- Language to encourage the USDA to coordinate better among their 5 nutrition education programs and to provide a report to Congress – The Committee commends the USDA for the important role they play in offering nutrition education and training through programs such as SNAP-Ed, EFNEP and WIC. However, the Committee is concerned regarding the lack of communication and coordination between the five main nutrition education programs (SNAP-Ed, EFNEP, Team Nutrition, WIC, and FINI) at USDA. The Committee directs the USDA to report to the Committee of Appropriations of both Houses of Congress within 90 days of the enactment of this act about steps USDA will take to better coordinate nutrition education, utilize experts from CNPP in the Dietary Guidelines development, and track program effectiveness across each program.
- Fully funded WIC Farmers Market Nutrition Program (WIC FMNP)– When the WIC FMNP program was created in 1992, it was the first Federal program of its kind, with the intent of making fresh fruits and vegetables available to low income shoppers. Today, the need for the program remains as research shows that all Americans, particularly those with low incomes, need more fruits and vegetables in their diets. In FY 2016, the program provided an estimated 67 million servings of fresh, locally produced fruits and vegetables to low income pregnant women and children that to which they may not have otherwise had access. For recipients, WIC FMNP establishes healthy eating habits that can last a lifetime.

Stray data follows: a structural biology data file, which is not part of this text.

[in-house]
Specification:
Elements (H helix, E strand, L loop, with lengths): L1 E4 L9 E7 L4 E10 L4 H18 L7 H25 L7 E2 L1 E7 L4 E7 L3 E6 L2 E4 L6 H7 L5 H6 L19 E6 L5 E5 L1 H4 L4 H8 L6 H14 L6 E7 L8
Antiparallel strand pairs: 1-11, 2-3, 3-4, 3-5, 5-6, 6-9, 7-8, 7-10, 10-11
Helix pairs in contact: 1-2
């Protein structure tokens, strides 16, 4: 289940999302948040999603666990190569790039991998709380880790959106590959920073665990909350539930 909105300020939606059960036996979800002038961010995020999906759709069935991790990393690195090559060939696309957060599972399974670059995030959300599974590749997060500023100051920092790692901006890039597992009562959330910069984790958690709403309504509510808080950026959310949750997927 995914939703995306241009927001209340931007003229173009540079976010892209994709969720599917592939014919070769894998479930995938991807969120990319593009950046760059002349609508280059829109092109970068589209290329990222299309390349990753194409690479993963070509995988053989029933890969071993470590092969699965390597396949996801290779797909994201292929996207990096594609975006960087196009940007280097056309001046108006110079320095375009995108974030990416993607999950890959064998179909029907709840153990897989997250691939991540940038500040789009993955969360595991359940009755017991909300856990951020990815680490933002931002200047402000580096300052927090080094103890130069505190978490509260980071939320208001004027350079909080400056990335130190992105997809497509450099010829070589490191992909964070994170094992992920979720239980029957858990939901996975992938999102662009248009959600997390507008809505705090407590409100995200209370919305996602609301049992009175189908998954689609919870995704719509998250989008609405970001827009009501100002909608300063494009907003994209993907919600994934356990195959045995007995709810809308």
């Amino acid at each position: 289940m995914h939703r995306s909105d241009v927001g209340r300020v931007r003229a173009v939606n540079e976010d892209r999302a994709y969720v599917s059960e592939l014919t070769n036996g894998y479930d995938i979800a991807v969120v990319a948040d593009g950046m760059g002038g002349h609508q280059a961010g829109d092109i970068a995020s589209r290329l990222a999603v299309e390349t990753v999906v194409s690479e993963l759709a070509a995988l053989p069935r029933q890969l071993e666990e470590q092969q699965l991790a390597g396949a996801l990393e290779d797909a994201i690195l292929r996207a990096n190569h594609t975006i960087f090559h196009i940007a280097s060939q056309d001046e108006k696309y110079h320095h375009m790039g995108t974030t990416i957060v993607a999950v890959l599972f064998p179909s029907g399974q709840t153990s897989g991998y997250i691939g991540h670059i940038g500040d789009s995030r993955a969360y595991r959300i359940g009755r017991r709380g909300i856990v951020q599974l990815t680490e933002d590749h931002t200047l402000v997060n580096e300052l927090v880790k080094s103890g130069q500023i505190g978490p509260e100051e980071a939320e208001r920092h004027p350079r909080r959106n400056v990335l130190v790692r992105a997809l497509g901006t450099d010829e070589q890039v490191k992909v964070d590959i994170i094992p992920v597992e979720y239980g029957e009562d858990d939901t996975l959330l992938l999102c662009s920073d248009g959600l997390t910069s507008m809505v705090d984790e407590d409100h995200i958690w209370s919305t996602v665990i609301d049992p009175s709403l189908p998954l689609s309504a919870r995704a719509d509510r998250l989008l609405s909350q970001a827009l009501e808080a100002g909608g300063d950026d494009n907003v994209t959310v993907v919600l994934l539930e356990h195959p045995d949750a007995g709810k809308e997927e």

- Grants for School Kitchen Equipment – These competitive grants go to local education agencies and schools to modernize their kitchens and to update essential equipment needed to prepare foods (e.g. replacing fryers with combination steamer-ovens). This enables schools to serve healthier more nutritious meals and to improve food safety. Research shows that over 88% of schools across the country need at least one piece of updated school kitchen equipment.
- Increase for National Organic Program – The National Organic Program is responsible for developing national standards for organically-produced agricultural products. These standards assure consumers that products with the USDA organic seal meet consistent, uniform standards. With the increase of organic sales and production, it is important this program is fully funded in order to keep up with the growing demand of organic products including the ability to enhance enforcement procedures.